Thursday, November 27, 2014

First Impressions: Star Wars Rebels

It feels strange to admit that I have a large affection for the now defunct Clone Wars TV series. Strange because when it came out it really looked unlikely to ever be the sort of show I could care about, and make an effort to watch. Set between two of the Star Wars prequels - which I've never hated, but certainly never felt more than "sort of liked, with some pretty decent sections" - and featuring whiny Anakin Skywalker and his never-even-hinted-at bratty Apprentice, it doesn't sound promising and its pilot "movie" wasn't that great either. But Clone Wars really grew on me - it handled its characters fantasically, expanded it's horizons, and in the end was a better prequel to the Classic Trilogy than the official Prequel Movies. Oh, and Ahsoka became possibly the best female lead on kids TV that wasn't called Korra. And then it was cancelled, a victim of the Disney buy-out of Lucasfilm, and instead we got Star Wars Rebels. How's that working out?

It feels like Disney are quietly dissavowing the prequels in a lot of ways. All the preliminary excitement about the new movies they're releasing seem to play heavily on my generations nostalgia - X-Wings! The Millennium Falcon! Returning Geriatric Actors! - and yes, thats kind of cool, but there is a nagging fear that whilst the Prequels certainly dropped a lot of balls, at least they tried some to juggle some new ones. Rebels moves to the imagery of the Classic Trilogy, and in some cases the feel of it too as we start in the Outer Rim and a more rag-tag, flawed collection of heroes rather than the military and governmental backdrop for Clone Wars. Its a good move in a lot of ways, allowing the show to free of easy comparison, but also jettisons a lot of the complexity that Clone Wars spent 5 seasons building.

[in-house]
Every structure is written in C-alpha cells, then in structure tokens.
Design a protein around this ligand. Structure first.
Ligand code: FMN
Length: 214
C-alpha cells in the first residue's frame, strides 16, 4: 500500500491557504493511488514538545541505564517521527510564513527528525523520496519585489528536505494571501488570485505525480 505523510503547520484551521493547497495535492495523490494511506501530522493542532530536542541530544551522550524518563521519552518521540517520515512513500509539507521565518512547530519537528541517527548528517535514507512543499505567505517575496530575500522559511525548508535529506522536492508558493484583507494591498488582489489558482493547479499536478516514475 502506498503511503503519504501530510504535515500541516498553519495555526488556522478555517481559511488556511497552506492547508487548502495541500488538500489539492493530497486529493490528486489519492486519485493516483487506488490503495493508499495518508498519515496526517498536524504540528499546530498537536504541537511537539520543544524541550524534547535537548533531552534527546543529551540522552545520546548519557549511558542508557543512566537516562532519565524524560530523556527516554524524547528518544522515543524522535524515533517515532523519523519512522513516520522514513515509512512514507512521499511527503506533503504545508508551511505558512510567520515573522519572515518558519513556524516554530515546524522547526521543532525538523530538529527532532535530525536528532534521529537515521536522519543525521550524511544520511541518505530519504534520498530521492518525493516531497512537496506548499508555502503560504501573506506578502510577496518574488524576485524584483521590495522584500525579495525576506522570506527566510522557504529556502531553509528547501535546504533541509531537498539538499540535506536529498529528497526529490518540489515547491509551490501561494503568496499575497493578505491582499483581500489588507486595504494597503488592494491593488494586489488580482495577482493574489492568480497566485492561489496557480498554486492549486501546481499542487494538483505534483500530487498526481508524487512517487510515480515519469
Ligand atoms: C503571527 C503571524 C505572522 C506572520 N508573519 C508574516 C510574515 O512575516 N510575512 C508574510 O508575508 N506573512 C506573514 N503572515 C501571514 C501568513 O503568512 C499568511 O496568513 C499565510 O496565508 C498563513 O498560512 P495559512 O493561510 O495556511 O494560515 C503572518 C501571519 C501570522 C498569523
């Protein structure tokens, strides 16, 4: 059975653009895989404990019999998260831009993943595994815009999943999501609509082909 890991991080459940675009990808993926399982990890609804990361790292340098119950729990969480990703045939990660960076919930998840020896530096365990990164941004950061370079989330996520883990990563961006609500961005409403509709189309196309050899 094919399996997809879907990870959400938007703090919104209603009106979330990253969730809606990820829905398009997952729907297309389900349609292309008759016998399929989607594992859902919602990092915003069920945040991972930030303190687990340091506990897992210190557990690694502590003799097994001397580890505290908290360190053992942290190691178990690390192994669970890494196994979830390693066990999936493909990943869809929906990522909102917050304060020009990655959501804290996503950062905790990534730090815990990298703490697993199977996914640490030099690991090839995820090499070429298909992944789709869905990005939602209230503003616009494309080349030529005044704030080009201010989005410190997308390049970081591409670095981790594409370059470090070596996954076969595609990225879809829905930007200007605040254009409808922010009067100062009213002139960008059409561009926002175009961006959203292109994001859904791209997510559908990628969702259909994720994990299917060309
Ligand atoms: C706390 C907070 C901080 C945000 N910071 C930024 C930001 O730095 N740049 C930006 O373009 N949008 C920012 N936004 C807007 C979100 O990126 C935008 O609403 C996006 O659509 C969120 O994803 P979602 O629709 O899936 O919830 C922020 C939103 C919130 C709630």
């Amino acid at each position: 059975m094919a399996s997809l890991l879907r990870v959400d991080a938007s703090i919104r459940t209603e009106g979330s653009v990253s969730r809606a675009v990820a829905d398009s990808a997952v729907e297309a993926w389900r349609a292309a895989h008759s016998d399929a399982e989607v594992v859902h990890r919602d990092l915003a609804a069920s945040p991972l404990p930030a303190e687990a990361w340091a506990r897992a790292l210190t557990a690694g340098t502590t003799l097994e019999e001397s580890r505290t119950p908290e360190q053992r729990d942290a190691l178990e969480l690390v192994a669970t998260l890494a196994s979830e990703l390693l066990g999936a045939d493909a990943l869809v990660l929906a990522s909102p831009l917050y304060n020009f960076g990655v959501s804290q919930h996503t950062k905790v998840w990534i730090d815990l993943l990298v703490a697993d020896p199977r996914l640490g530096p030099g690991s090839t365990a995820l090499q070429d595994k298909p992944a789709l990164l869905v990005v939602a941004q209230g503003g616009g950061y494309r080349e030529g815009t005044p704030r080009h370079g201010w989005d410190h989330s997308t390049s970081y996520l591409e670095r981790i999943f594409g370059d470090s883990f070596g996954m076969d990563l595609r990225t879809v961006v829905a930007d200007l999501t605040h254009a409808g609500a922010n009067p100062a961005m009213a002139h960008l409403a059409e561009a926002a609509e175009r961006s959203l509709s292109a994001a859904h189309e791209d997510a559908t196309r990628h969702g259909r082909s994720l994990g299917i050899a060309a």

In a lot of ways it's a very traditional setup for a kids show. We have our identification figure, in "Space Aladdin" Ezra, an urchin with a heart of gold and Force Sensitivity, and then a surrogate family with varying degrees of interest and character depth. In the early running it's ex-Jedi (or possibly just ex-Padawan) Kanan, but over the first four or five episodes the others start to get unpicked, although they struggle to get above broad type at the moment. I do like that Hera, the Captain of the Ghost and "Mom" of our growing family, has so managed to be a solid authority figure (it's definately her ship, rather than her simply being the pilot) without carrying the killjoy role that often comes with it. 

Early stories are also pretty traditional. The Empire is Evil, as you're expect, and it's small collection of villains represent different types of Imperial Villainy. Stormtroopers are relegated to cannon fodder; dangerous against non-heroes but not that effective overall, and explicitly different from the Clone Troopers of Clone Wars, which makes me wonder what happened to all those guys, and if that will be addressed at some point. So far we've had a lot of fairly thin plots that allow the characters to show off, so I don't expect much depth yet, although a few smaller appearances and hints of a wider, growing Rebellion does hold the promise of where the show would like to go. 

So really what we have so far is a lot of potential. The setting and characters have potential, the villains have potential, and the show, overall, has the backing of the network and therefore the time to see that potential fulfilled. It's actually got a hell of a lot more potential than those early episodes of Clone Wars with the cross-dressing Hutt and other such nonsense that is best forgotten. But at the moment, really, potential is mostly all that it's got because a lot of the actual episodes are fun but slight.